If I were looking for a recipe to help make myself feel like hot diggity dog shit, I hit the nail right on the head.
By constantly sucking in all of this outside stimuli without any filter, letting it bombard our inner world, all we do is diminish our own accomplishments, taking the wind out of our sails for no good reason.
The Only Way To Slay The Comparison Beast
To be forewarned is to be forearmed.
The act of comparing may never really go away, but you can turn the tide in your favor.
When you notice in the moment that you’re falling victim to this mindset, stop immediately before the thoughts build any momentum.
Take a deep breath and relax. By doing this, you go from being reactionary to proactive, creating space to decide what you’re going to do next with the information you have.
This may sound woo woo as all hell, but give it a try. Your breath (that thing that keeps you alive) is intimately connected to controlling how you feel in any given moment.
Is your training partner progressing faster than you? Great – there’s something that you can learn from them. Maybe you won’t have the same results as them for a host of reasons, but if nothing else it shows you a vision of what is possible, and you can bring that energy and excitement to your workouts.
There will always be someone better than you out there, but at the end of the day it doesn’t matter. All that you can focus on and truly control is the effort that you bring to the task.
You’re the only person that you need to compare yourself to, and only to check-in and make sure that you’re improving at a rate that’s acceptable for you and your goals.
When this is the focus, what others are doing becomes irrelevant.
Let me be clear. I’m not saying that you can’t look at what others are doing and using that as fuel to push yourself forward.
Sometimes seeing others making progress towards their goals can be a healthy gut check for you, allowing you to reconnect and give yourself an honest assessment as to if you’re playing it safe or if you have more to give.
For others it does more harm than good. It’s like fire: you can use it to warm up your house or burn it to the ground. The devil is in the details, and it will take time to learn when to push forward and when to be kinder to yourself and pull back a bit.
Instead letting the accomplishments of others feel like a slight towards you, use them to build yourself up. Choose to be inspired by what others are doing, no longer making yourself the victim of outside forces, and tap into a constantly renewable source of motivation and energy – yourself.
Fabulous article Rog! I too have been facing the same issue recently, comparing myself with a lot of people, thinking ton of reasons why I am not getting those 16inch biceps when I eat and workout heavier and more regularly than those guys but this article mentioned exactly what I should have done!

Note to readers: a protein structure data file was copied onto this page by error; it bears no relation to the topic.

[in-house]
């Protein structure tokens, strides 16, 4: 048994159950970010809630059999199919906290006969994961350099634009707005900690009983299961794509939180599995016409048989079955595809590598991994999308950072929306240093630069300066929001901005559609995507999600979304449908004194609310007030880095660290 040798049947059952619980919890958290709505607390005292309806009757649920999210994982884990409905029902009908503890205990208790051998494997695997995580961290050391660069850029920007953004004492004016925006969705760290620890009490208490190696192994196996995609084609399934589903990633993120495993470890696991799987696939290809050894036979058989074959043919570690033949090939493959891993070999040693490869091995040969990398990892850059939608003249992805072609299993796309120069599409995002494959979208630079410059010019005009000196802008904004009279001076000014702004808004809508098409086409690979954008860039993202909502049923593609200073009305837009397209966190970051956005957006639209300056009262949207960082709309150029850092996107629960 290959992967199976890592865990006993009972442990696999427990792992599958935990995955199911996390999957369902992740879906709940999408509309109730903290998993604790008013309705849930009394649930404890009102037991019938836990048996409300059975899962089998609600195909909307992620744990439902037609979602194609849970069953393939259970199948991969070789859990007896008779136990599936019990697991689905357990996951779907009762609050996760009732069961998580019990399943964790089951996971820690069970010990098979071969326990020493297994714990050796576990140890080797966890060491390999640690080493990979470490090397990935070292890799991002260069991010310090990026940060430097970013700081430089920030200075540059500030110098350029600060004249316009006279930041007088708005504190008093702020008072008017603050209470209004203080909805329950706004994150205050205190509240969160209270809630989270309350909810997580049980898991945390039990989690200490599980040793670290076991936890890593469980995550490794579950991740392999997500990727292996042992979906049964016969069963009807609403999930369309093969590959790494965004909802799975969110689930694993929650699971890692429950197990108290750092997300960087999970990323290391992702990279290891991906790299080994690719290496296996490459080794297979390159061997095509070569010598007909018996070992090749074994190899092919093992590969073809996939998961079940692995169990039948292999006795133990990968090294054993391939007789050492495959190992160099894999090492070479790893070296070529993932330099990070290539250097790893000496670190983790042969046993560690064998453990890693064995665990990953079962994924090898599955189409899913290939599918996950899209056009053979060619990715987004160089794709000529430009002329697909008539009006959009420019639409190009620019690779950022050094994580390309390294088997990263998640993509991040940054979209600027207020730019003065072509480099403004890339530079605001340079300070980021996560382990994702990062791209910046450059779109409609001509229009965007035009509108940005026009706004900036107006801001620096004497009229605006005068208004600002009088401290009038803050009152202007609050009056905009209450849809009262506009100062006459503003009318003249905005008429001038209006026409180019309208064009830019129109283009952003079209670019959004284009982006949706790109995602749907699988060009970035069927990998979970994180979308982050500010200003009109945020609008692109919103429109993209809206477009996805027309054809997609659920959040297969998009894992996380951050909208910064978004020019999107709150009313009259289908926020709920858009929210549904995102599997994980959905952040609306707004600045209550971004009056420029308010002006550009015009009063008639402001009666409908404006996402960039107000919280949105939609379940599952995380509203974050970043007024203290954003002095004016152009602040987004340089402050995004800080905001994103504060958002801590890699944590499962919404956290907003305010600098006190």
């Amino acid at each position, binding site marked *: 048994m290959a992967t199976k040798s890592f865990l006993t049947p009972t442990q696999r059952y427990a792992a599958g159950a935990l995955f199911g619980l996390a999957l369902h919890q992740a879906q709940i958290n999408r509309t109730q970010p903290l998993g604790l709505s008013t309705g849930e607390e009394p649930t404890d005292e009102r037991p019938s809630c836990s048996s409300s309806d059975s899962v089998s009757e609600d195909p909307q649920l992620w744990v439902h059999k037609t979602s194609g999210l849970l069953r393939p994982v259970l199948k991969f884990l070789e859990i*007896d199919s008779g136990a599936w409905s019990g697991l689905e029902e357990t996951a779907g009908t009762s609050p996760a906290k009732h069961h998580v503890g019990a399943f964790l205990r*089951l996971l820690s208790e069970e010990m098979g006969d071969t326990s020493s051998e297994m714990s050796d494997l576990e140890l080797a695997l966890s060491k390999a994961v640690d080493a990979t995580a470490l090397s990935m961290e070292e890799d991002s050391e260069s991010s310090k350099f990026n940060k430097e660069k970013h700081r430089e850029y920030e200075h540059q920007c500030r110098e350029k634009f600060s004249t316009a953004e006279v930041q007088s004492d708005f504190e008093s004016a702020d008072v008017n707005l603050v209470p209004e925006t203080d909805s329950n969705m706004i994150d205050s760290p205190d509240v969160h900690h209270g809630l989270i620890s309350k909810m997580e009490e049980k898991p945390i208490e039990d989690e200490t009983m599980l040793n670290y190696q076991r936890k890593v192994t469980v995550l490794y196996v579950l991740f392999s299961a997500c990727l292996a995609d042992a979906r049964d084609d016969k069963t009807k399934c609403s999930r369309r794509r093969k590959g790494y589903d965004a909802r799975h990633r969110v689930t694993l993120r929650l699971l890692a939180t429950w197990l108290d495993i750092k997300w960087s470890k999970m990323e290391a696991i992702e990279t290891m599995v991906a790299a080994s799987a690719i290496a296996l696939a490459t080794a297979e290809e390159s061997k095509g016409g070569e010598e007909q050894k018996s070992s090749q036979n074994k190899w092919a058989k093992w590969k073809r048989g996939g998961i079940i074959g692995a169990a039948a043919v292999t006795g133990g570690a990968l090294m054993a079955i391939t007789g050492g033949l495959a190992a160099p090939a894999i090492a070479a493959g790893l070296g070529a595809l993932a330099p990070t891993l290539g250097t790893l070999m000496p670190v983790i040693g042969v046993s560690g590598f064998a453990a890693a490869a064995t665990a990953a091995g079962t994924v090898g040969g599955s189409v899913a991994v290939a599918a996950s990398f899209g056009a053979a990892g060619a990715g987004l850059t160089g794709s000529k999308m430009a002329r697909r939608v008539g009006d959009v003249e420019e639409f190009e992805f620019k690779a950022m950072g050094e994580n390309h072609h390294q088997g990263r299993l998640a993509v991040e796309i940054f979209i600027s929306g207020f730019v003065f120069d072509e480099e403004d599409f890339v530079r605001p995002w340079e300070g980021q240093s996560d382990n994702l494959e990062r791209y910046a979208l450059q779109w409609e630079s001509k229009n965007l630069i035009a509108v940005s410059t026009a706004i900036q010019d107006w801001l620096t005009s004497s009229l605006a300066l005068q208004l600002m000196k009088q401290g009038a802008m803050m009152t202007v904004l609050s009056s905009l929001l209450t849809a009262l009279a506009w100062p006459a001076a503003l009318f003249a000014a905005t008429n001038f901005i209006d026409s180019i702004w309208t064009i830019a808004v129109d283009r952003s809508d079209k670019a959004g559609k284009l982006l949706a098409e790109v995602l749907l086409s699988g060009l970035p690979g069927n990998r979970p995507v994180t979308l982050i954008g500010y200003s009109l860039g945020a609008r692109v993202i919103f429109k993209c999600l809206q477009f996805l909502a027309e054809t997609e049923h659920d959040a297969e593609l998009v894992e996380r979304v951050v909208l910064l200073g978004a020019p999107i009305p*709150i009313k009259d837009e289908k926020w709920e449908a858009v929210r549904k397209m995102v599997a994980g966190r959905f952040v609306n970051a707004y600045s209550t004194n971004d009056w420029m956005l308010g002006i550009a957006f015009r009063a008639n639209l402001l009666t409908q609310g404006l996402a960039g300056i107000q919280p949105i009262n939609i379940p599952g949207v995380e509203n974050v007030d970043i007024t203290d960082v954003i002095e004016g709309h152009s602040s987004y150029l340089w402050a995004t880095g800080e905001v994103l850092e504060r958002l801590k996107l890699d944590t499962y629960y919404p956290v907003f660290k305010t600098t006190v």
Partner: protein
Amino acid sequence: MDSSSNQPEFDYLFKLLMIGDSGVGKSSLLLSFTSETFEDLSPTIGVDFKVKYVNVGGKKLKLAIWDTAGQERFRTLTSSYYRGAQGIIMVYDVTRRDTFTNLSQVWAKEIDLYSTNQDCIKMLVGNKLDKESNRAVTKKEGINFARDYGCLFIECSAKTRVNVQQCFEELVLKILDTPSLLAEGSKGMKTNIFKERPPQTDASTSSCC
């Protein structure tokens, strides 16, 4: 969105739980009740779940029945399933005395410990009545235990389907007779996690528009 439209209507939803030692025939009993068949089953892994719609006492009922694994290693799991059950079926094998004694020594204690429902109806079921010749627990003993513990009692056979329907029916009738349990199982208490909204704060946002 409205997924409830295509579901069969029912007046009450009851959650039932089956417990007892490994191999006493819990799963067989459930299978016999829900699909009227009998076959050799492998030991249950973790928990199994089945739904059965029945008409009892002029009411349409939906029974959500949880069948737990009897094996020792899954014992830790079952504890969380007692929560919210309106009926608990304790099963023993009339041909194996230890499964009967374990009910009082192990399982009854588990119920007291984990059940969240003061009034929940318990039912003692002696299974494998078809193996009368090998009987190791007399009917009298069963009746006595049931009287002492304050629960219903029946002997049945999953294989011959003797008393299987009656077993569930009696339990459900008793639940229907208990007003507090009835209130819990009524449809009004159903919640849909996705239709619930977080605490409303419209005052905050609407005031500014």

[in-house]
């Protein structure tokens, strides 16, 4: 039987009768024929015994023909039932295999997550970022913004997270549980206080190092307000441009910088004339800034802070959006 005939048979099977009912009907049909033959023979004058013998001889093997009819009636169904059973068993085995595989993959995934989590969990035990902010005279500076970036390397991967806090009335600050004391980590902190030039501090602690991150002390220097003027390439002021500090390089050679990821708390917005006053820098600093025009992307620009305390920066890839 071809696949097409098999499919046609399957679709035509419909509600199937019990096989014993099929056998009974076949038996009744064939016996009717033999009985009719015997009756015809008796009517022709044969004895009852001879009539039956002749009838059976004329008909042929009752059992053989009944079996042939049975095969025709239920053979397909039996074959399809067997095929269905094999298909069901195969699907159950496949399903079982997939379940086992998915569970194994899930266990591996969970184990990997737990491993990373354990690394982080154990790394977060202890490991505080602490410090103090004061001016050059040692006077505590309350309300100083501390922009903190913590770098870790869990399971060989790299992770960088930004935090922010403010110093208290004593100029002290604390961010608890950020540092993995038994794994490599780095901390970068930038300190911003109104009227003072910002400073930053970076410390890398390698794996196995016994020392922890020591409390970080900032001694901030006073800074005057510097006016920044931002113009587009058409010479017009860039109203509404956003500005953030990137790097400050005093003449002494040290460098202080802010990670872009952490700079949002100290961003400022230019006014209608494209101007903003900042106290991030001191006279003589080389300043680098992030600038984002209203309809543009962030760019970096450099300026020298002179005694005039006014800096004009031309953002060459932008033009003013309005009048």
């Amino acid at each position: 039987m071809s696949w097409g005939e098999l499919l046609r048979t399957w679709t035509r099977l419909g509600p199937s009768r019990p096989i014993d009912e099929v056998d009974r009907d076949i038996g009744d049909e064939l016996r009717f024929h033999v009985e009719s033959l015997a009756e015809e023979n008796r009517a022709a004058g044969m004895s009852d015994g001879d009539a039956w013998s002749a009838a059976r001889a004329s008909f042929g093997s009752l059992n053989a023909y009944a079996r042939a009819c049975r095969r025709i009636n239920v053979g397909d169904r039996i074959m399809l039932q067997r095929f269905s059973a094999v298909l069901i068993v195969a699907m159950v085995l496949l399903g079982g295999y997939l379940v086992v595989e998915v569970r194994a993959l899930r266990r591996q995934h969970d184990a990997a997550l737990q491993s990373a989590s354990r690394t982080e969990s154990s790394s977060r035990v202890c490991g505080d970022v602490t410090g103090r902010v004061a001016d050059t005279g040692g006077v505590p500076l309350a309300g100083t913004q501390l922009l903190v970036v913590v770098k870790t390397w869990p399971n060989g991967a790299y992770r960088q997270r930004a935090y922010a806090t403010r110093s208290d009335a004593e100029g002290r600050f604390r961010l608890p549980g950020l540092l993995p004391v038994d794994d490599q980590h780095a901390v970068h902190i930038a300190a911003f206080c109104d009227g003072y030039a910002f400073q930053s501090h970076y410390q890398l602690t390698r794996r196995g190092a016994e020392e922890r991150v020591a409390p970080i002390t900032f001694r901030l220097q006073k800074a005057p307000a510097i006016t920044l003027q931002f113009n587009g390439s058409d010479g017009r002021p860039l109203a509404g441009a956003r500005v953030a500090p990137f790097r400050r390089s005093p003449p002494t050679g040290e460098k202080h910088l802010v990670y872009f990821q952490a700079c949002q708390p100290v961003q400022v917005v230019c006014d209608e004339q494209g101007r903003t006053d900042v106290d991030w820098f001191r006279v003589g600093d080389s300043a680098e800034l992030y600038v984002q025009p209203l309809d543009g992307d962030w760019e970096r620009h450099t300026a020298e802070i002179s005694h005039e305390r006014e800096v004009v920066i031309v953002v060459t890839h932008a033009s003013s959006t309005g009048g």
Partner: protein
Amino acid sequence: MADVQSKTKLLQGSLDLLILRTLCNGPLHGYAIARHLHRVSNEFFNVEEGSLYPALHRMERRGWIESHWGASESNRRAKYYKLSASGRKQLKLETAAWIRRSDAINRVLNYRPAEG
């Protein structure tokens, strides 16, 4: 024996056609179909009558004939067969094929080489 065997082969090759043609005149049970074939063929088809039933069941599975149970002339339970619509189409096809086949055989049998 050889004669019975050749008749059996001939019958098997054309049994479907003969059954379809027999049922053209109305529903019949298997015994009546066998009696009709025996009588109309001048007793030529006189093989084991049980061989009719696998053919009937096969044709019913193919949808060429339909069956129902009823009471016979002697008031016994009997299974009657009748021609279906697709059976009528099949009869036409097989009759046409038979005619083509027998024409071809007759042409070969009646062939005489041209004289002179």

I would rather now compare them as a motivation and use it to fuel my energy in the gym which will help me improve my workout rather than getting jealous and demotivated. Thanks again for the great article.
Good advice. And, as usual, I laughed and felt lighter.
Fantastic! Great advice that also cracks me up! A winning combination.
I think everyone falls prey to this ailment at one time or another. Especially since we are constantly bombarded with media telling us how we should look, etc., etc. For me, the practice of yoga helps me keep this beast in check. There is just something about connecting my mind with my body that works so well for me. Yes, the jealous monster can rear it’s ugly head even in that realm, but the practice is designed to combat that as well. Now, as I progress on my continuous fitness journey, I find I am kinder, gentler to myself while still being able to kick some ass and make progress. It is nice to know that everyone, even those who seemingly have it all figured out, can fall prey to the most human of trials. Thanks for your wit and wisdom.
Shane Mclean says
I’ve been telling myself that and my clients for years. Your on point Rog, really liked this post.
The candy bar hit home with me lol
getting 800 grams of carbs a day is no joke
plus people are so one sided on nutrition freaking out about sugar
I don’t think topics like this get talked about enough. We all look after our physical selves with food and fitness so it makes TOTAL sense to look after our minds and mental health.
Really great article, easy to read and easy to concentrate on long enough to finish (always useful!)